In terms of a method, the steps of my invention are: pumping water into a high permeability layer of concrete disposed below the surface of a plot of soil, irrigating the soil above the concrete layer by absorption and capillarity and deterring the movement of water downwardly from the concrete layer. The method extends to a recirculation system in which the water is pumped into the concrete layer and collected at a central point to be recirculated back to the concrete layer.

My'invention extends to a subsurface irrigation system in which a variable permeability strata is located below the surface of soil. The strata includes a pair of high permeability layers of concrete sandwiching a low permeability layer, acting as a water loss retarder. The upper high permeability concrete layer operates as a water reservoir dilfuser, and the lower concrete layer operates as a water drainage reservoir.

Preferably, a soil filter in the form of a low permeability concrete layer is disposed above the strata to prerice vent the soil from clogging the pores of the uppermost layer of high permeability concrete. A water imperme able iilm is located beneath the strata to reduce water loss. A water supply and recirculating system is connected to the high permeability layers of concrete.

The term low permeability Vand high permeability are, of course, arbitrary terms used to define properties of materials, and especially concrete. As used in this speciiication, the term low permeability means those materials which have a permeability less than about 500 darcies, and high permeability means those materi-als which have a permeability greater than about `500 darcies, extending up to and exceeding 2500 darcies.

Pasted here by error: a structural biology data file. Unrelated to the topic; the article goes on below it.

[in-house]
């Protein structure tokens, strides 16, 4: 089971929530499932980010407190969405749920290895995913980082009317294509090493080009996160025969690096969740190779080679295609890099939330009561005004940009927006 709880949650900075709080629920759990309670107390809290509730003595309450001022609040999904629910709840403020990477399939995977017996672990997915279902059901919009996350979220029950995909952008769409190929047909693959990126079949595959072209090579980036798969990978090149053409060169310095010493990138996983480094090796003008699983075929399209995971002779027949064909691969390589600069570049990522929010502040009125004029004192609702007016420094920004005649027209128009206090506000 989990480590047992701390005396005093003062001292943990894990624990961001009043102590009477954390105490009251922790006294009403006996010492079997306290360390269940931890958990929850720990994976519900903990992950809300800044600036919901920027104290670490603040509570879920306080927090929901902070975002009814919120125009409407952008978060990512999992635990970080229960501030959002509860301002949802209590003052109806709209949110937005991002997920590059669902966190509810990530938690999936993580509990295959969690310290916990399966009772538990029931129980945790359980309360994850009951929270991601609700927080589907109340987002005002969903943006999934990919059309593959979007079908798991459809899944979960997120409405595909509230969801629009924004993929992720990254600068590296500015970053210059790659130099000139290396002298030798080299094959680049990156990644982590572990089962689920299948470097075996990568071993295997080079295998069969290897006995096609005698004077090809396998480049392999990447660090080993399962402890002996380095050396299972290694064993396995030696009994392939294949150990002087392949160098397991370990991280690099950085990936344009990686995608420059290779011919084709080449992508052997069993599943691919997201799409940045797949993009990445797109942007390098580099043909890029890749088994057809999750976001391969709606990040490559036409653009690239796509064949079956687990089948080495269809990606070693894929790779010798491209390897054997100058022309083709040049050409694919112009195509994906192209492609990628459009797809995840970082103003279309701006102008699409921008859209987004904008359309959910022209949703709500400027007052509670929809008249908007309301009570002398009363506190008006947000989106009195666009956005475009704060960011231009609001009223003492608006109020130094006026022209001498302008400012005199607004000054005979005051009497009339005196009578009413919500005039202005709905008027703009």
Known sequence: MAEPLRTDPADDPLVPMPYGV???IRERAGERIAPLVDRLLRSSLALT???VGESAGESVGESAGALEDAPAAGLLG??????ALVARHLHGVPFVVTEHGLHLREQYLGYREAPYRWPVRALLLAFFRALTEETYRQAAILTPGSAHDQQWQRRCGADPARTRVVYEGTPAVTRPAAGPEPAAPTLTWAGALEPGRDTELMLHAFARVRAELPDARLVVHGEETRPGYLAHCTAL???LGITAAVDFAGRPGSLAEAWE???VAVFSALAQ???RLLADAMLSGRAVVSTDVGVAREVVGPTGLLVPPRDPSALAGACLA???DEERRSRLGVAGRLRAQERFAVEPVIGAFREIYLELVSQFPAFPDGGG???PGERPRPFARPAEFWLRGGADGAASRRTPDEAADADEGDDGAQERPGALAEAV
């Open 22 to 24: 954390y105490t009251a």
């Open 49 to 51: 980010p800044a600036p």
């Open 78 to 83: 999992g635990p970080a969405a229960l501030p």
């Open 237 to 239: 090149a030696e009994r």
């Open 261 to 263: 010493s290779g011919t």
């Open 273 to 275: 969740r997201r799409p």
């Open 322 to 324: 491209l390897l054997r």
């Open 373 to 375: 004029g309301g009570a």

It is difficult, if not impossible, to deline the composition of a concrete after setting, and hence the usual practice is to define the concrete slurry composition, which, upon setting, results in a concrete of the property desired. A concrete especially usable with my invention comprises, as a slurry, cement, water, a first aggregate of a predetermined particle size distribution, a second aggregate of a predetermined particle size distribution differing from that of the iirst aggregate, and such as to result in a gap in the over-all particle size distribution of the two aggregates, and a stabilizer which is preferably a pozzolanic material.

A stabilizer as used in this specification refers to malterials used for the purpose of preventing or minimizing segregation of larger particles. This may be accomplished by iinely divided materials, which, when distributed throughout a concrete slurry, increase the 'apparent viscosity without decreasing the pumpability of the mixture. The distribution of these line particles and the improved consistency act to prevent segregation of the larger and heavier particles. There are many materials used in the industry for this purpose, but I have found that the pozzolanic materials are to be preferred in the concrete used in the present invention, because of the increase in compressive strength consequent upon successive use. A pozzolan is defined as any siliceous and aluminous material, natural or artificial, processed or unprocessed, which contains constituents not cementitious in themselves but which will, in finely divided form and in the presence of moisture, react with calcium hydroxide at ordinary temperatures to form relatively stable and water insoluble compounds possessing cementitious properties, i.e., setting up to a solid. Natural pozzolans may be derived from volcanic rocks and include pumicites or volcanic ashes, pumice or pumice stone, obsidian, scoria, tus and some of the andesites, or they may be derived from rocks in which the silica h-as a high opaline content including diatomites or diatomaceous earths, cherts, shale, clays and pure opal. Moreover, pozzolans include iiy ash or flue dust, certain boiler and furnace slags, burnt ground brick and byproducts or certain industrial processes.